As such, leasehold ownership is a marketable interest in real estate, meaning it is worth money. Often, the homeowner will pay hundreds of thousands of dollars to buy a leasehold interest in property, which may not be much less than what she'd pay to purchase a fee simple ownership in the same building.

Who Uses Leasehold Ownership?

Leasehold ownership is fairly common in commercial real estate where offices, malls and industrial units may be constructed on leased land. They are much less common in residential real estate. However, some parts of the United States still use the leasehold system. These include places like Hawaii, Palm Springs, Delaware and the Los Angeles suburbs.

In Hawaii, for instance, around 12 percent of the condos and 2 percent of the single-family homes on the market are leasehold. These properties come in around 25 percent cheaper than a comparable fee simple unit. So, whereas a freehold condominium in Waikiki might be offered for sale at $400,000, the list price of a similar leasehold unit might be $300,000.

This sounds like a bargain until you realize that you're only buying a temporary right to hold the property. The lease on the condominium might expire in 2050, at which time the condo goes back to the landlord and you no longer own it.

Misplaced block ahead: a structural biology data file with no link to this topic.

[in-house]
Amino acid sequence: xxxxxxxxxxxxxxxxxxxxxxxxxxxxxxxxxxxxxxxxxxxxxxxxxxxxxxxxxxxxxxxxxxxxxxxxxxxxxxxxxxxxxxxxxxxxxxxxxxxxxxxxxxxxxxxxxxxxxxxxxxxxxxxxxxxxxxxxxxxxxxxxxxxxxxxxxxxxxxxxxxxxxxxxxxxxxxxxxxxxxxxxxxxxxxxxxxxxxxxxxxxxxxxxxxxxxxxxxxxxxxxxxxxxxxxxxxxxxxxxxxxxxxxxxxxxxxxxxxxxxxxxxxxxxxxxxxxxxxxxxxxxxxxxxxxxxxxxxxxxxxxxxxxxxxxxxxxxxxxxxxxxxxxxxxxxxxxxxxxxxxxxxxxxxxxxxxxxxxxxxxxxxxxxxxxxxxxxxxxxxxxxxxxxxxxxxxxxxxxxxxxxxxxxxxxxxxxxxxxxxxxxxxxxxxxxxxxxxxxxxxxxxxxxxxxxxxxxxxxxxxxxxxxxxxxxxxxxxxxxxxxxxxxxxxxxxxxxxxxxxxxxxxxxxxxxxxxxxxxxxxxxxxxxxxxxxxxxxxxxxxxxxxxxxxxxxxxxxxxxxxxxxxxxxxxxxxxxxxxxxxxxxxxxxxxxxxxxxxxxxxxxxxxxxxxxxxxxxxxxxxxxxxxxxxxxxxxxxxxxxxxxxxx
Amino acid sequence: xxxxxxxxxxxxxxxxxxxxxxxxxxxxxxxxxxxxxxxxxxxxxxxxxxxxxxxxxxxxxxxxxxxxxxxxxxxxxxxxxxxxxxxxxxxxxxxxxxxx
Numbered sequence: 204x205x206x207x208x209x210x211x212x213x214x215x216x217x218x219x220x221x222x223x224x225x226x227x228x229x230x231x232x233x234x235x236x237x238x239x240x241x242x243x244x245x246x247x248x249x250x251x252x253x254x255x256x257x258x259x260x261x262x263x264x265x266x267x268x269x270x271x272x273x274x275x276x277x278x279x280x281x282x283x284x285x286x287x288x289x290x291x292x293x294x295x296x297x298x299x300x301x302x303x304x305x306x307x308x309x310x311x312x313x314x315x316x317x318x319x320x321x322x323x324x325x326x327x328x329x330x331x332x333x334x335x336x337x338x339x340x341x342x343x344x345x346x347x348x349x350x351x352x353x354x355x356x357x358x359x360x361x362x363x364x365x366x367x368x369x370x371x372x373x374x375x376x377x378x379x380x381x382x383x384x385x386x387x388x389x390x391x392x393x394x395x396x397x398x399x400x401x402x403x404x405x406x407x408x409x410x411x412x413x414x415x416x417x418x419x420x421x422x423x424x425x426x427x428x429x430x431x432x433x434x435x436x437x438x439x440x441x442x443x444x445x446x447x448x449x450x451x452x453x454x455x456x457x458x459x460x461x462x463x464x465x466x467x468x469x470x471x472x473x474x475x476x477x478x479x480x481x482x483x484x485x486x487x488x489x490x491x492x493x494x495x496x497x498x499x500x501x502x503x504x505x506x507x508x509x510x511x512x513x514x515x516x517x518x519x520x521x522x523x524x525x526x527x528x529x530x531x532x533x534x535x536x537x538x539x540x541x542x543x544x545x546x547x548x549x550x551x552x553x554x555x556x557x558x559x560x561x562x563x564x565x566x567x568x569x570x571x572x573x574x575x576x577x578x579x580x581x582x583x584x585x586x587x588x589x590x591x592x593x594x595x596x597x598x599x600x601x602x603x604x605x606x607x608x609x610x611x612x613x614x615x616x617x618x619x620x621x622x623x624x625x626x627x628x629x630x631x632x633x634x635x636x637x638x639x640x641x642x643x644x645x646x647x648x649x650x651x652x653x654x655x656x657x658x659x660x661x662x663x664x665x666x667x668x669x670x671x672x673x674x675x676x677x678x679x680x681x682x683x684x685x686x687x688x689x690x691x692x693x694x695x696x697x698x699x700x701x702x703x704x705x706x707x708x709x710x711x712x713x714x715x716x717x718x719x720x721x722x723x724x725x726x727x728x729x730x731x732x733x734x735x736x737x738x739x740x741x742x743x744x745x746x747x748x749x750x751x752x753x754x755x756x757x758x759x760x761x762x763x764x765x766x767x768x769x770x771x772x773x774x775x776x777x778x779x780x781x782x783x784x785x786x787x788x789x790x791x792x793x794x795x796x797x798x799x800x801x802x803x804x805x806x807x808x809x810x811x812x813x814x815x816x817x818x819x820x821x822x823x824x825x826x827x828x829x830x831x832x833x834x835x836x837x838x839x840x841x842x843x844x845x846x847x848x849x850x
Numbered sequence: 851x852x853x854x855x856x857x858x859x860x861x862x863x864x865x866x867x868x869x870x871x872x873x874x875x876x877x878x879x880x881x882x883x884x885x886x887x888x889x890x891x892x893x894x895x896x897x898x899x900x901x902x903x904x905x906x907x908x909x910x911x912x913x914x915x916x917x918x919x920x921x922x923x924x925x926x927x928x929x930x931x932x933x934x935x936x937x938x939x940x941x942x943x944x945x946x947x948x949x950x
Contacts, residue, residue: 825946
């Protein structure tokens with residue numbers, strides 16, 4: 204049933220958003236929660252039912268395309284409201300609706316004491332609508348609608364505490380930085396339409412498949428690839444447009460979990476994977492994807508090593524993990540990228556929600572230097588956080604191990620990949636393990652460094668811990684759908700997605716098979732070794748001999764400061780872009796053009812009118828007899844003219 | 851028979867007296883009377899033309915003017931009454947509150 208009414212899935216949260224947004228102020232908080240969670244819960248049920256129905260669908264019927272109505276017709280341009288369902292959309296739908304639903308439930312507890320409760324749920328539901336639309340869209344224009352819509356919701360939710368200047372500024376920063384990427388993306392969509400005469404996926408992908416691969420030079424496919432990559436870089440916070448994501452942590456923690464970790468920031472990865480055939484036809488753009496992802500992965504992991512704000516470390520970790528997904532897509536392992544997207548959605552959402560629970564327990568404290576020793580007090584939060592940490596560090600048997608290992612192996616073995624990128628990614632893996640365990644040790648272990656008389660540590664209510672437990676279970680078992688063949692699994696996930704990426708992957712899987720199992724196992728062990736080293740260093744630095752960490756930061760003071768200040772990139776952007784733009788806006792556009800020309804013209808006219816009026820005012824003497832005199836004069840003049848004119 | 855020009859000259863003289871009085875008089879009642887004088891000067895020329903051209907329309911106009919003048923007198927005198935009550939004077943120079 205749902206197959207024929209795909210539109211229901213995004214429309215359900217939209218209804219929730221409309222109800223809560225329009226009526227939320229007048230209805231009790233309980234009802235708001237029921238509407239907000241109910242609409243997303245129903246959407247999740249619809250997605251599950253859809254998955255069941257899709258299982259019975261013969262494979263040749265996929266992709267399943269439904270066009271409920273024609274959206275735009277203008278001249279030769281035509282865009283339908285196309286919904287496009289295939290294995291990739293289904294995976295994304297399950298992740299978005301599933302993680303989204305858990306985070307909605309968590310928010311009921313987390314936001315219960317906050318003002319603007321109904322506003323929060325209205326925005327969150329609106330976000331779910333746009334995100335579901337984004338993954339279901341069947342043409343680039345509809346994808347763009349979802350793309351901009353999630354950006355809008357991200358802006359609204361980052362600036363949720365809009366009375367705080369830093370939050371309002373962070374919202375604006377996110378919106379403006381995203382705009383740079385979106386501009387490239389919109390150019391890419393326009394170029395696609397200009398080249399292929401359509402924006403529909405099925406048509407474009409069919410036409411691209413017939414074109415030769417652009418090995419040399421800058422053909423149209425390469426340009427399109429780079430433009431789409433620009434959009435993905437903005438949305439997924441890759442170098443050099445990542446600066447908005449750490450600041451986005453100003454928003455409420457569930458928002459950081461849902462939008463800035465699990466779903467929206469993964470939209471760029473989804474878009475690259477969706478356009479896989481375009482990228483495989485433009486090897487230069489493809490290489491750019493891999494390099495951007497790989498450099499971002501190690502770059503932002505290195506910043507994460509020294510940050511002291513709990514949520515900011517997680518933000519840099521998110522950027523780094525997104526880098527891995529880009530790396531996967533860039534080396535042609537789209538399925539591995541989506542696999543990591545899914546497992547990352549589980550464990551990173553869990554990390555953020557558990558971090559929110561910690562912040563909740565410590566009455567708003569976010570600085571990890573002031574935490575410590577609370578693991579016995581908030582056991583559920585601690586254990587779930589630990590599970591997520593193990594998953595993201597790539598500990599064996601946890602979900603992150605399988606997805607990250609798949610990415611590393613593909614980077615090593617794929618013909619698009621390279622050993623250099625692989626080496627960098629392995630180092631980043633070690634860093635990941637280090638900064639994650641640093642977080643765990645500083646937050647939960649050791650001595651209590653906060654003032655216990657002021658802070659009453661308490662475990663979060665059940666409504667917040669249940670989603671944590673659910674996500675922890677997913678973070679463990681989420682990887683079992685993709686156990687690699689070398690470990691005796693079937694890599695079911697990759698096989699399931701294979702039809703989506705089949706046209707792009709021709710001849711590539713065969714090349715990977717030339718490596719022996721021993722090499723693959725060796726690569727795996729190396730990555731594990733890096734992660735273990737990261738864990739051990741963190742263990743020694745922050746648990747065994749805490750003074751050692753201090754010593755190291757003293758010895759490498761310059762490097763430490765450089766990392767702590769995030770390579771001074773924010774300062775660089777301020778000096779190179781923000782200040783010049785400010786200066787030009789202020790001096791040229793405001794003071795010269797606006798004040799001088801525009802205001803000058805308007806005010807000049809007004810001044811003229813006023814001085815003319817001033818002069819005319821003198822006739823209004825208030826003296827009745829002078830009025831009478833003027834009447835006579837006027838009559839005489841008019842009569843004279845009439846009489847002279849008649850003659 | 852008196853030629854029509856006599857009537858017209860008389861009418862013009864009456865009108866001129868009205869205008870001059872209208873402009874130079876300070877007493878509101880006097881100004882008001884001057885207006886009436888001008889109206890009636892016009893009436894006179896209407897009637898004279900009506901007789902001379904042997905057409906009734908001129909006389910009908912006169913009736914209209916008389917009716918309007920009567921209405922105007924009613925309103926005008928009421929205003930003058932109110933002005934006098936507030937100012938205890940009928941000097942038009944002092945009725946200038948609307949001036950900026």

Leasehold Mortgage Explained

In the context of residential properties, a leasehold mortgage is simply a mortgage that's secured on the homeowner's leasehold interest in the property. So if you wanted to buy the $300,000 leasehold condo in Waikiki, then you might apply for a leasehold mortgage to get a loan for the purchase money. The homeowner takes out the loan, not the landowner.

How to Mortgage a Leasehold Interest

If you apply for a leasehold mortgage, then the process itself is going to look a lot like a standard "fee" mortgage application. The lender will evaluate your income, debt load and credit score before approving the leasehold mortgage application, and then you'll agree to the amount of the mortgage loan and the interest rate. Once the loan is finalized, you will make payments in accordance with the payment schedule.

The difficulty comes in getting the mortgage in the first place. Financing for residential leasehold properties is incredibly tough to get. That's because the collateral you're pledging – the lease – is much less valuable to the bank than pledging a fee simple property where you own the home and the land it sits on forever.

A Primer on Collateral

With every type of mortgage arrangement, you have to pledge some type of collateral, or security, for the loan. Usually, the collateral is your fee interest in the property. So with a fee simple type of mortgage, if you miss your mortgage payments, the bank would foreclose, seize the property and sell it to recover the money the bank is owed.